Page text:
Them: “Thank you. You inspire me. XOXOXOXO.”
We: “You inspire me too. Muaaah.”
Did you know that the number of Likes and comments are a direct function of a person’s popularity, and hence, should not be underestimated? We sometimes ask people offline how our Facebook picture is, and nudge them to Like or leave a comment, or paste their personal email/chat messages on our cake-cutting birthday pictures. We often ask people to "show some love”, because it is not love if it does not show.
8. Akhaade-Mein-Pehelwaan, or AMP alert: We will diligently tell you about every effort we made to get a finely chiseled and sculpted body, making you look at your six pack of (fl)abs and want to die out of shame.
"My breakfast was 50 push ups, 50 pull ups, 50 deadlifts, and 50 Surya Namaskars. For main course, did yoga and Zumba. For dessert, held a buffalo for five minutes to build bicep strength. Loved getting hot and sweaty. Now, time for chocolate pastries." (Hashtag: Loveyourbody, hardcorehotness). To which, rain comments like, "Love your dedication. What an inspiration!"
N.B.: We never ate that chocolate pastry. That was just to distract you, and make you crave for desserts.
9. Our moms and dads are also on Facebook, and usually comment on our funnily scandalous pictures with Alok-Nathish-sanskaari comments like, "God bless you beta.", or, “You are our baby doll.” (Parents, do you know what a baby doll really means?). In case of pictures from trips to exotic islands, our parents mostly write Tagore quotes in pure Bangla in the comments section that no one else understands.
10. We usually comment on other friends' pictures, writing things like, "hawwt momma", and "yummy momma" (although they are neither our mom, nor hot; far from it). Imagine your average Mashima from Midnapore, calling your Mom “Garam Ma” or “Swadisht Ma”. Yeah, I know. When said in English, even the most inappropriate of terms sound sassy and cool.
11. For your birthdays, you visit the local deity and the restaurant to celebrate with friends and family. If the birthday is the 50th one, you hide in your basement. When we turn 50, we fly to Vegas with a bunch of friends, ride limousines, drink champagne, gamble, throw themed costume parties, and wear identical tee-shirts with identical slogans to show solidarity.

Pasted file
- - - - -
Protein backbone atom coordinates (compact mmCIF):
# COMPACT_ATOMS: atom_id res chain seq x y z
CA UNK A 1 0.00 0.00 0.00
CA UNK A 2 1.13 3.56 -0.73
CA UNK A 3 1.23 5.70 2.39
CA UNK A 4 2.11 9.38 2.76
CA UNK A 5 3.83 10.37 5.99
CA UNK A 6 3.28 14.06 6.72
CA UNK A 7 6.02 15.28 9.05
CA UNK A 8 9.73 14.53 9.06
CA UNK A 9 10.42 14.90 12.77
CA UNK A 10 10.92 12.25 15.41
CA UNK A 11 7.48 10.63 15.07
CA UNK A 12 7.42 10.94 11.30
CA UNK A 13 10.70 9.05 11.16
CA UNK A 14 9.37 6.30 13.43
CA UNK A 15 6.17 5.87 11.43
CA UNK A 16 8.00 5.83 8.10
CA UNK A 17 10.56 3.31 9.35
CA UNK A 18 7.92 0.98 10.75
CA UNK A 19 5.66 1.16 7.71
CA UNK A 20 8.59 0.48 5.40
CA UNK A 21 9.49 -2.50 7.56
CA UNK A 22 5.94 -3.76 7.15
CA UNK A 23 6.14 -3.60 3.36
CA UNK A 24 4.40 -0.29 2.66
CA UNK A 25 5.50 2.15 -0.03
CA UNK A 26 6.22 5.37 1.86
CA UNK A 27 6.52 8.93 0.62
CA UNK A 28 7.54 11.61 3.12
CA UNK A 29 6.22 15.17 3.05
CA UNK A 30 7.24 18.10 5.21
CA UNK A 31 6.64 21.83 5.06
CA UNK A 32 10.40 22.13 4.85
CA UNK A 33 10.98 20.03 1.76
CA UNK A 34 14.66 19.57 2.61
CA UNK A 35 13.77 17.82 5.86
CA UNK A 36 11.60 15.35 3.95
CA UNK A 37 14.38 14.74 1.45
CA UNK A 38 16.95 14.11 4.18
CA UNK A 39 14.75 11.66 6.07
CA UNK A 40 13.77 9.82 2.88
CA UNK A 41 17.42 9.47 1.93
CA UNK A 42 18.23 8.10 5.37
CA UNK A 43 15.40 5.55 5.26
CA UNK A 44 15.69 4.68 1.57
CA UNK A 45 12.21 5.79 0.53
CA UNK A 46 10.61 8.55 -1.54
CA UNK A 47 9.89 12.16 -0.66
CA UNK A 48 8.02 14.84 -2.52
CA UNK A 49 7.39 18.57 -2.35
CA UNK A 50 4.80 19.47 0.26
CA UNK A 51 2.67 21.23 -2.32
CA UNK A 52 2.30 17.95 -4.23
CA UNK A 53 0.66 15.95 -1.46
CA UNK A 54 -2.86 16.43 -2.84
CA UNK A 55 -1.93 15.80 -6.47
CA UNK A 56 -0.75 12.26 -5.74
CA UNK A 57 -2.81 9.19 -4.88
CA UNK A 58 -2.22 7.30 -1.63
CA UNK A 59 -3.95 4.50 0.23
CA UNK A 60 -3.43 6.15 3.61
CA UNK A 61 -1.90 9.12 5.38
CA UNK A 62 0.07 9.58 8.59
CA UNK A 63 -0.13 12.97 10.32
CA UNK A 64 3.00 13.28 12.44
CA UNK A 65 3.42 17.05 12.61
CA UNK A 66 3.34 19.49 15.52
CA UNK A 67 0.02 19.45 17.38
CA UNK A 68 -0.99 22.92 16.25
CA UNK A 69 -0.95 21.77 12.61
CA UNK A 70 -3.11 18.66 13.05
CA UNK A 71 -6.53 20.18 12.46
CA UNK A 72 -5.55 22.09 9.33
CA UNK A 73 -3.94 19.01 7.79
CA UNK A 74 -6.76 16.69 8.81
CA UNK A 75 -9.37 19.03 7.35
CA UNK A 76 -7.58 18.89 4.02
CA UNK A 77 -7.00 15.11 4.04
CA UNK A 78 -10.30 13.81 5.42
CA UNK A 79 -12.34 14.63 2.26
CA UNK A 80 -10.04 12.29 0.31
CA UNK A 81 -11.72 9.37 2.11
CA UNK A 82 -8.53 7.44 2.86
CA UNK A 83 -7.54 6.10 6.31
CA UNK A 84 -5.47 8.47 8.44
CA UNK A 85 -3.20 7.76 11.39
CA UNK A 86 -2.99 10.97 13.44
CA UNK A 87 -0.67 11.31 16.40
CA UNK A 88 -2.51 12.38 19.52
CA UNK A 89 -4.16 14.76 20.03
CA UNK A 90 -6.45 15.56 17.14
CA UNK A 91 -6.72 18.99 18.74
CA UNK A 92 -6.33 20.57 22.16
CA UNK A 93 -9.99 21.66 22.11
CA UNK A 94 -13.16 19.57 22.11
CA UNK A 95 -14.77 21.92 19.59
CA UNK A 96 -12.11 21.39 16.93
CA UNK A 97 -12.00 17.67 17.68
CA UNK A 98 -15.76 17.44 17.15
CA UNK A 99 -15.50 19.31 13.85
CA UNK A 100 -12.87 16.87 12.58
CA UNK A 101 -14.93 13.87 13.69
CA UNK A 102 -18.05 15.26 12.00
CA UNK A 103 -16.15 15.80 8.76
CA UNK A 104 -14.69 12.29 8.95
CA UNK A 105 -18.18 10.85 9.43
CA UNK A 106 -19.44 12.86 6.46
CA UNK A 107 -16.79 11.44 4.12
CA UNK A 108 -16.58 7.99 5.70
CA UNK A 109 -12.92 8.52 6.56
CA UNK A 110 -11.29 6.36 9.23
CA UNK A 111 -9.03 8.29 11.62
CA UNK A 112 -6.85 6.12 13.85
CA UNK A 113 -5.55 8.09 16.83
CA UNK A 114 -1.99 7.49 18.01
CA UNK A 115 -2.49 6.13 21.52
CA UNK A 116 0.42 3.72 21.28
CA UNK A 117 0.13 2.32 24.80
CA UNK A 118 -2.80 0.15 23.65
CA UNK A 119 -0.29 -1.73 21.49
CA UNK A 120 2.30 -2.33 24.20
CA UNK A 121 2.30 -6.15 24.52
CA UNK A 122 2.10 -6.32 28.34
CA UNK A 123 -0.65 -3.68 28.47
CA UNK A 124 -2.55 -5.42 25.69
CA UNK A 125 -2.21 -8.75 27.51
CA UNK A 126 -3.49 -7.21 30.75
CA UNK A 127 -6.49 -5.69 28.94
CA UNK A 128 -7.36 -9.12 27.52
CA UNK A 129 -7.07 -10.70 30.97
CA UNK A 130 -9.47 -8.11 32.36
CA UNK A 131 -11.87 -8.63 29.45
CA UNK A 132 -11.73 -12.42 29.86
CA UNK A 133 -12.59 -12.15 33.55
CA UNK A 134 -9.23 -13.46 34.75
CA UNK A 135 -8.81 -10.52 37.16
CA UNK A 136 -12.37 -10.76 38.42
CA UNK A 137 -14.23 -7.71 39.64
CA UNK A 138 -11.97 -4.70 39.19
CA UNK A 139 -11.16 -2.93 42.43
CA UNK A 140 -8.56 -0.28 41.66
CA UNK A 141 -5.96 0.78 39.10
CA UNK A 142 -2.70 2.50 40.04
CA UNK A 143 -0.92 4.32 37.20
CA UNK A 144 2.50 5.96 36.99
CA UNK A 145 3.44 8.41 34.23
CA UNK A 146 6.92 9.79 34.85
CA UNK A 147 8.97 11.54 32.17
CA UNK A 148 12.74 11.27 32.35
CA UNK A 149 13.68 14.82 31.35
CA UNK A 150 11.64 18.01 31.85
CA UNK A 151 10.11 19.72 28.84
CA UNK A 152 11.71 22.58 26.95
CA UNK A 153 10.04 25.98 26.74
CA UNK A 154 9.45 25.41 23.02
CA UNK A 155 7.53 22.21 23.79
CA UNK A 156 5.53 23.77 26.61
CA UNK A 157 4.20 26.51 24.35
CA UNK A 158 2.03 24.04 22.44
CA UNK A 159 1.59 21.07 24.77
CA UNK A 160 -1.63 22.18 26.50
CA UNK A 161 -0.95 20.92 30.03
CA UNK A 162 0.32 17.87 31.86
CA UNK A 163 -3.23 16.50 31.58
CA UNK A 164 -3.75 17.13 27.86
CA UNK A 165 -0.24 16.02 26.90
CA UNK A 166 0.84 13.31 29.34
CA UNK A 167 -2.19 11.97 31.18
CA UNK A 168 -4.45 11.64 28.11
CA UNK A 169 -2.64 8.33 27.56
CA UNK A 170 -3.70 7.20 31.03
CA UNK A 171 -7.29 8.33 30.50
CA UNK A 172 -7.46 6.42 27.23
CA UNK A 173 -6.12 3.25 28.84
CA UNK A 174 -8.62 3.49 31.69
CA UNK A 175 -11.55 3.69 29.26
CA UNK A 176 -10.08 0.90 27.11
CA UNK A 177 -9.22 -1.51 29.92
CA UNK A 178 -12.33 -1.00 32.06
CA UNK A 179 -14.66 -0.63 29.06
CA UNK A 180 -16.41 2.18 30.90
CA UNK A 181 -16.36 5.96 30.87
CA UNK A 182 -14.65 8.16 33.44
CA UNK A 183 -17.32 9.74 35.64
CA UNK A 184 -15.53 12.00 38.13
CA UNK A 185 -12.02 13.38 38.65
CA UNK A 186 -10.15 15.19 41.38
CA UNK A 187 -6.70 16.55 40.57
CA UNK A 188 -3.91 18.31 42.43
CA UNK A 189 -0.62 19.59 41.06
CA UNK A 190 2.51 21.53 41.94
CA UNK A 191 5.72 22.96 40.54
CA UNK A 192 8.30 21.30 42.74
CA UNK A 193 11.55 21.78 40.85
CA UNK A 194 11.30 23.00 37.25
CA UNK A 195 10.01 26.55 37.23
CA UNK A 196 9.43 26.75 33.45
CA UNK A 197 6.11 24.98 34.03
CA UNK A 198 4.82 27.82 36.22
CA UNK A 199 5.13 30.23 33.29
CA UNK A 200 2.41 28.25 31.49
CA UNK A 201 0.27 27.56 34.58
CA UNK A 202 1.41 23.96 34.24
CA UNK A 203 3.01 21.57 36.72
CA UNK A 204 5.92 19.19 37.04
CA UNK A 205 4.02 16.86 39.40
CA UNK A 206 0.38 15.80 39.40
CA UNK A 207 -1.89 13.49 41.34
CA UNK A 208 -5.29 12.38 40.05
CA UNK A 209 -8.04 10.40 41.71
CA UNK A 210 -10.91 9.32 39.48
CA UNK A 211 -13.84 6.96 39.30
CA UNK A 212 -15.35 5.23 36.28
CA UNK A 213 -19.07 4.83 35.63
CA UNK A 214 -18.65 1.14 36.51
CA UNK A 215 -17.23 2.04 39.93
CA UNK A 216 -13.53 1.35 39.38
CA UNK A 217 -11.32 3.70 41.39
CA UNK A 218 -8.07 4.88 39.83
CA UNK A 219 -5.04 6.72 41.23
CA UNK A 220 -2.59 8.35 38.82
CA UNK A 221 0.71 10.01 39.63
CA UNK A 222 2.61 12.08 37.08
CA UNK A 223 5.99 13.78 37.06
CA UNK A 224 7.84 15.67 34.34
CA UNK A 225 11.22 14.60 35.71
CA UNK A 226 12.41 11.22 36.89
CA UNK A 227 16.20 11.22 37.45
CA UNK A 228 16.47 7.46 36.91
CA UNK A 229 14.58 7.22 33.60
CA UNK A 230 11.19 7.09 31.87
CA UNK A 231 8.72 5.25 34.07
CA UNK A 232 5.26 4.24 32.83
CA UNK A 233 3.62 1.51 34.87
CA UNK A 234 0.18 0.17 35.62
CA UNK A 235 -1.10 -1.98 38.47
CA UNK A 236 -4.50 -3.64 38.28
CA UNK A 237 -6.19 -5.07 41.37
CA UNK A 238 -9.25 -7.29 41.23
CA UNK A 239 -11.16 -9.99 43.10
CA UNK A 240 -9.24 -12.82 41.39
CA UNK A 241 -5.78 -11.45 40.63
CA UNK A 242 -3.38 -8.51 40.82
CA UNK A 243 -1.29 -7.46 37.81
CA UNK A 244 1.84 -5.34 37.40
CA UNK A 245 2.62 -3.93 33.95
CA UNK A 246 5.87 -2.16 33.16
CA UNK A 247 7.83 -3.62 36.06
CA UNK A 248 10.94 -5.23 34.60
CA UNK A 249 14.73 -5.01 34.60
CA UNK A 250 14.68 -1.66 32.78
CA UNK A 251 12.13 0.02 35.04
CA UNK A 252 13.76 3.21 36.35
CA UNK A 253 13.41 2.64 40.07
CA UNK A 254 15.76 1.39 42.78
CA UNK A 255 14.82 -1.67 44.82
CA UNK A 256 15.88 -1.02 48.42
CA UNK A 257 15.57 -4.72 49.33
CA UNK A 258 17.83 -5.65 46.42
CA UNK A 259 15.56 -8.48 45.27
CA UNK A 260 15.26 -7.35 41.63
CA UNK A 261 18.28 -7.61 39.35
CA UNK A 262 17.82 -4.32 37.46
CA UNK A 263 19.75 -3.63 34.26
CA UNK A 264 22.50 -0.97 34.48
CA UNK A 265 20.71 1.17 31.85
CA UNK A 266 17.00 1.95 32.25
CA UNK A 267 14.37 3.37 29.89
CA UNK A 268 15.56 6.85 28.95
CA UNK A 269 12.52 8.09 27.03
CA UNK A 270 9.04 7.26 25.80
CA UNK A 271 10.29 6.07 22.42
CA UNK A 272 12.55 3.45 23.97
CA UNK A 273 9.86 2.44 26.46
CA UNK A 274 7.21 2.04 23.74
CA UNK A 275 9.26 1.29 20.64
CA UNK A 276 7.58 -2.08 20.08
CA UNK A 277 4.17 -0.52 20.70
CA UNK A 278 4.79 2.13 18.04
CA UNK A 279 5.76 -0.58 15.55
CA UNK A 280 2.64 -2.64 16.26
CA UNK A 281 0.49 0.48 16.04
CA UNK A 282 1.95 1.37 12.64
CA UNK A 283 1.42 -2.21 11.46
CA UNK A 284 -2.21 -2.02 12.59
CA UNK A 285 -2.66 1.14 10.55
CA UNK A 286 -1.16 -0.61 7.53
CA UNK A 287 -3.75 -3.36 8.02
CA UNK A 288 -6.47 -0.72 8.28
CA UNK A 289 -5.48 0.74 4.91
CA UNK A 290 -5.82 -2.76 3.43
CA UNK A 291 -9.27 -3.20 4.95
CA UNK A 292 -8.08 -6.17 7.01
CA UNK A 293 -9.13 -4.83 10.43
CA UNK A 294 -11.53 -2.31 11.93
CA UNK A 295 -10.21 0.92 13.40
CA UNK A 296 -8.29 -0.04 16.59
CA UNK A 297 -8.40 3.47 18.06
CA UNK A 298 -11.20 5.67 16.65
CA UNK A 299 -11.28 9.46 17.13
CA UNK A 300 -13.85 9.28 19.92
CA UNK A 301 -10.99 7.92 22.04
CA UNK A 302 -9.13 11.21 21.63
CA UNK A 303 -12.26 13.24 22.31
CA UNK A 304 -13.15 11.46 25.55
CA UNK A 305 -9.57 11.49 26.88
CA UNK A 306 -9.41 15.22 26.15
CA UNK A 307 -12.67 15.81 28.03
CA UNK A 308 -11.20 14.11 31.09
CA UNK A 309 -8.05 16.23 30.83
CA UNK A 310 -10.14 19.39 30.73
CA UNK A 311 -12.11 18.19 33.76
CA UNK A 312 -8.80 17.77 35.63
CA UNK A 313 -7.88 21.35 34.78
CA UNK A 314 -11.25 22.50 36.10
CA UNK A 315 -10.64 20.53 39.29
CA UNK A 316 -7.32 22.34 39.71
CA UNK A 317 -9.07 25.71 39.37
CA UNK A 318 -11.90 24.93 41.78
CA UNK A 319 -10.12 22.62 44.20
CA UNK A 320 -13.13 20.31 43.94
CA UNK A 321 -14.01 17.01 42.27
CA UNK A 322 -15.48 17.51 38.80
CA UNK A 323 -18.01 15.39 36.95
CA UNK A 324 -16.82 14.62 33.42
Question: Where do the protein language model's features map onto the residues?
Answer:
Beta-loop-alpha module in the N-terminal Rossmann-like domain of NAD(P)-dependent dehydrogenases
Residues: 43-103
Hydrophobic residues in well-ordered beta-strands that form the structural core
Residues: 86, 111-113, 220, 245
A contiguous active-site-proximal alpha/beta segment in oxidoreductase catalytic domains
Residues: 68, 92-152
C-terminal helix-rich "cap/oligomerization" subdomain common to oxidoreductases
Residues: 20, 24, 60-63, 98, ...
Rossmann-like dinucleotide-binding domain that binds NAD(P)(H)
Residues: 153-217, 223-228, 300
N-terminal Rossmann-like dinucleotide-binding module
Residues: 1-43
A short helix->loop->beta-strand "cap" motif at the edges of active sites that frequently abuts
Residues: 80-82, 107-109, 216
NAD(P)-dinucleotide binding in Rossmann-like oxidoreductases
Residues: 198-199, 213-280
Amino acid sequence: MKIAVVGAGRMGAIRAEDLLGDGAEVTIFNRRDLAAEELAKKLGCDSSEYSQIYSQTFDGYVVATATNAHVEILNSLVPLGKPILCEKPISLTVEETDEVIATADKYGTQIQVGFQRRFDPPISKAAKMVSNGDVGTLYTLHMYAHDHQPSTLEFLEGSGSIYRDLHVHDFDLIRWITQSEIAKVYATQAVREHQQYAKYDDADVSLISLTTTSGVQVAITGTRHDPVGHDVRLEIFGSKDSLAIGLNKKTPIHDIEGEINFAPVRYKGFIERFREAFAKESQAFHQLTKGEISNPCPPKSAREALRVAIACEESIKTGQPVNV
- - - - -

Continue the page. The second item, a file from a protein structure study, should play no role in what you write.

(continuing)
12. Chin up. Hands on hips. Turn body to a 45 degree slant. These are not confidence-boosting mantras, but posing tricks that can effectively take care of the double chin, the hanging biceps, and the sagging tummy, respectively. And talking about pictures, if there aren’t any close up pictures of every food item, including the chips and the soda, the party was as good as having never happened at all.
13. Date nights occur more frequently than trips to the grocery store, post office, or bank in our household.
14. One of the epic lines in my favorite movie When Harry Met Sally is when Harry tells Sally, “It is so nice when you can sit with someone and not have to talk.” That’s why every vital conversation with the partner, from when we will be home to how much we love one another, and even wishing each other Happy Birthday and Happy Anniversary is made on Facebook.
15. Significant, coolness-enhancing, once-in-a-lifetime events like road trips need special, live updates. Crossed a field. Saw a tree. Stopped by the gas station and took a selfie. Ate roti and achaar while watching the sunset. You get the picture.
16. If a new child arrives without preamble, a maternity photo shoot, an elaborate baby shower, periodic documentation of every emotional crest and trough mapped on the pregnancy curve, or live updates from the hospital, the new child is probably a puppy, kitty, or a new car.
Lastly, you see our pictures from five years ago, and we look like totally normal people.